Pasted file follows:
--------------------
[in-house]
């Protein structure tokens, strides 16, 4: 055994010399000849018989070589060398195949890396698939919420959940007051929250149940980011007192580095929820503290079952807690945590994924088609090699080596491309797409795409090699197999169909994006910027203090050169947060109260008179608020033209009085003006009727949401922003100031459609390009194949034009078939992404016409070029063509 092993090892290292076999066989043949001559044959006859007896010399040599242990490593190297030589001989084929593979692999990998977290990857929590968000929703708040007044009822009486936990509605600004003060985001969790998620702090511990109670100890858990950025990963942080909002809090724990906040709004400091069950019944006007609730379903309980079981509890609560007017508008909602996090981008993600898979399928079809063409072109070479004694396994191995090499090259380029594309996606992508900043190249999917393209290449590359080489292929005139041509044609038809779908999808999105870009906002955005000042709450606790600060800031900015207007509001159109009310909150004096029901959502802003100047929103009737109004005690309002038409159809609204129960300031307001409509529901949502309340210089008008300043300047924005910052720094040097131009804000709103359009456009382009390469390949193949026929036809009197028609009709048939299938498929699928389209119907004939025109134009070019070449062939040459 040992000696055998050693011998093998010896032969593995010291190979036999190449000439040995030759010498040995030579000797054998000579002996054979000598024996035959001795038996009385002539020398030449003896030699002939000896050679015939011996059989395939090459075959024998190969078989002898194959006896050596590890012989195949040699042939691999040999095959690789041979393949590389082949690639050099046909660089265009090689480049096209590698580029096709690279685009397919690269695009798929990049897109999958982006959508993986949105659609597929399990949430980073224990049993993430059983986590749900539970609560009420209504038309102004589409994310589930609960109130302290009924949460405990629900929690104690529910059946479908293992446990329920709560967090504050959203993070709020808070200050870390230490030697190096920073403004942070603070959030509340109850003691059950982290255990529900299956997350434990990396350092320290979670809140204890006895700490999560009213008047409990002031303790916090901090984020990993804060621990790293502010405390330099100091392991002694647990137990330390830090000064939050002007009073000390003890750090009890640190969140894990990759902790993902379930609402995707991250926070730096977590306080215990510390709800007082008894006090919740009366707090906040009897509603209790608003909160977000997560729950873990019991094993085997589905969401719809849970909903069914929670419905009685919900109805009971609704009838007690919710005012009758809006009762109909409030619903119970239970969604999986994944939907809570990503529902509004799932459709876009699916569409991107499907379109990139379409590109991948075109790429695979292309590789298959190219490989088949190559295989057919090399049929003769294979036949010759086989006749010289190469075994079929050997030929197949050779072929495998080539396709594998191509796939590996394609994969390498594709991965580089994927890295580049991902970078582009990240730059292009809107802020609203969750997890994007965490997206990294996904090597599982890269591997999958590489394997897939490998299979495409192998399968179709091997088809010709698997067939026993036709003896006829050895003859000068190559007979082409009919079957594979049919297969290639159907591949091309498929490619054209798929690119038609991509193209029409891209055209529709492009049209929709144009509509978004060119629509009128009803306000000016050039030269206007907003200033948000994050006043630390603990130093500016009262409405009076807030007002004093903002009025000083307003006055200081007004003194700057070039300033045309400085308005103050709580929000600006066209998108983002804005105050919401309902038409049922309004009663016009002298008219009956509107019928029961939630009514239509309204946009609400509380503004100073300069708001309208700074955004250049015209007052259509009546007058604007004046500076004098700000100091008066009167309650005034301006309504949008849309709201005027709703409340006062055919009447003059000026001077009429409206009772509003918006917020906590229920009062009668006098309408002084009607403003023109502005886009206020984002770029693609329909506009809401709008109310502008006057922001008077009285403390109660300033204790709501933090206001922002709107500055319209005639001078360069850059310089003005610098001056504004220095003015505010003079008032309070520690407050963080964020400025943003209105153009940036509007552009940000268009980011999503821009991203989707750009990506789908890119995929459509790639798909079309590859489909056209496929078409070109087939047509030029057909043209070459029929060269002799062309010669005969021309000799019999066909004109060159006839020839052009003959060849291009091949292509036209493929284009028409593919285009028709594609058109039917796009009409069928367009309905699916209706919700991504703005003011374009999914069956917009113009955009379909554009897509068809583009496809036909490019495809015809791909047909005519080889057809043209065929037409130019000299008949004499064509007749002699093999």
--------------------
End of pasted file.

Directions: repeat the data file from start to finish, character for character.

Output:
[in-house]
């Protein structure tokens, strides 16, 4: 055994010399000849018989070589060398195949890396698939919420959940007051929250149940980011007192580095929820503290079952807690945590994924088609090699080596491309797409795409090699197999169909994006910027203090050169947060109260008179608020033209009085003006009727949401922003100031459609390009194949034009078939992404016409070029063509 092993090892290292076999066989043949001559044959006859007896010399040599242990490593190297030589001989084929593979692999990998977290990857929590968000929703708040007044009822009486936990509605600004003060985001969790998620702090511990109670100890858990950025990963942080909002809090724990906040709004400091069950019944006007609730379903309980079981509890609560007017508008909602996090981008993600898979399928079809063409072109070479004694396994191995090499090259380029594309996606992508900043190249999917393209290449590359080489292929005139041509044609038809779908999808999105870009906002955005000042709450606790600060800031900015207007509001159109009310909150004096029901959502802003100047929103009737109004005690309002038409159809609204129960300031307001409509529901949502309340210089008008300043300047924005910052720094040097131009804000709103359009456009382009390469390949193949026929036809009197028609009709048939299938498929699928389209119907004939025109134009070019070449062939040459 040992000696055998050693011998093998010896032969593995010291190979036999190449000439040995030759010498040995030579000797054998000579002996054979000598024996035959001795038996009385002539020398030449003896030699002939000896050679015939011996059989395939090459075959024998190969078989002898194959006896050596590890012989195949040699042939691999040999095959690789041979393949590389082949690639050099046909660089265009090689480049096209590698580029096709690279685009397919690269695009798929990049897109999958982006959508993986949105659609597929399990949430980073224990049993993430059983986590749900539970609560009420209504038309102004589409994310589930609960109130302290009924949460405990629900929690104690529910059946479908293992446990329920709560967090504050959203993070709020808070200050870390230490030697190096920073403004942070603070959030509340109850003691059950982290255990529900299956997350434990990396350092320290979670809140204890006895700490999560009213008047409990002031303790916090901090984020990993804060621990790293502010405390330099100091392991002694647990137990330390830090000064939050002007009073000390003890750090009890640190969140894990990759902790993902379930609402995707991250926070730096977590306080215990510390709800007082008894006090919740009366707090906040009897509603209790608003909160977000997560729950873990019991094993085997589905969401719809849970909903069914929670419905009685919900109805009971609704009838007690919710005012009758809006009762109909409030619903119970239970969604999986994944939907809570990503529902509004799932459709876009699916569409991107499907379109990139379409590109991948075109790429695979292309590789298959190219490989088949190559295989057919090399049929003769294979036949010759086989006749010289190469075994079929050997030929197949050779072929495998080539396709594998191509796939590996394609994969390498594709991965580089994927890295580049991902970078582009990240730059292009809107802020609203969750997890994007965490997206990294996904090597599982890269591997999958590489394997897939490998299979495409192998399968179709091997088809010709698997067939026993036709003896006829050895003859000068190559007979082409009919079957594979049919297969290639159907591949091309498929490619054209798929690119038609991509193209029409891209055209529709492009049209929709144009509509978004060119629509009128009803306000000016050039030269206007907003200033948000994050006043630390603990130093500016009262409405009076807030007002004093903002009025000083307003006055200081007004003194700057070039300033045309400085308005103050709580929000600006066209998108983002804005105050919401309902038409049922309004009663016009002298008219009956509107019928029961939630009514239509309204946009609400509380503004100073300069708001309208700074955004250049015209007052259509009546007058604007004046500076004098700000100091008066009167309650005034301006309504949008849309709201005027709703409340006062055919009447003059000026001077009429409206009772509003918006917020906590229920009062009668006098309408002084009607403003023109502005886009206020984002770029693609329909506009809401709008109310502008006057922001008077009285403390109660300033204790709501933090206001922002709107500055319209005639001078360069850059310089003005610098001056504004220095003015505010003079008032309070520690407050963080964020400025943003209105153009940036509007552009940000268009980011999503821009991203989707750009990506789908890119995929459509790639798909079309590859489909056209496929078409070109087939047509030029057909043209070459029929060269002799062309010669005969021309000799019999066909004109060159006839020839052009003959060849291009091949292509036209493929284009028409593919285009028709594609058109039917796009009409069928367009309905699916209706919700991504703005003011374009999914069956917009113009955009379909554009897509068809583009496809036909490019495809015809791909047909005519080889057809043209065929037409130019000299008949004499064509007749002699093999």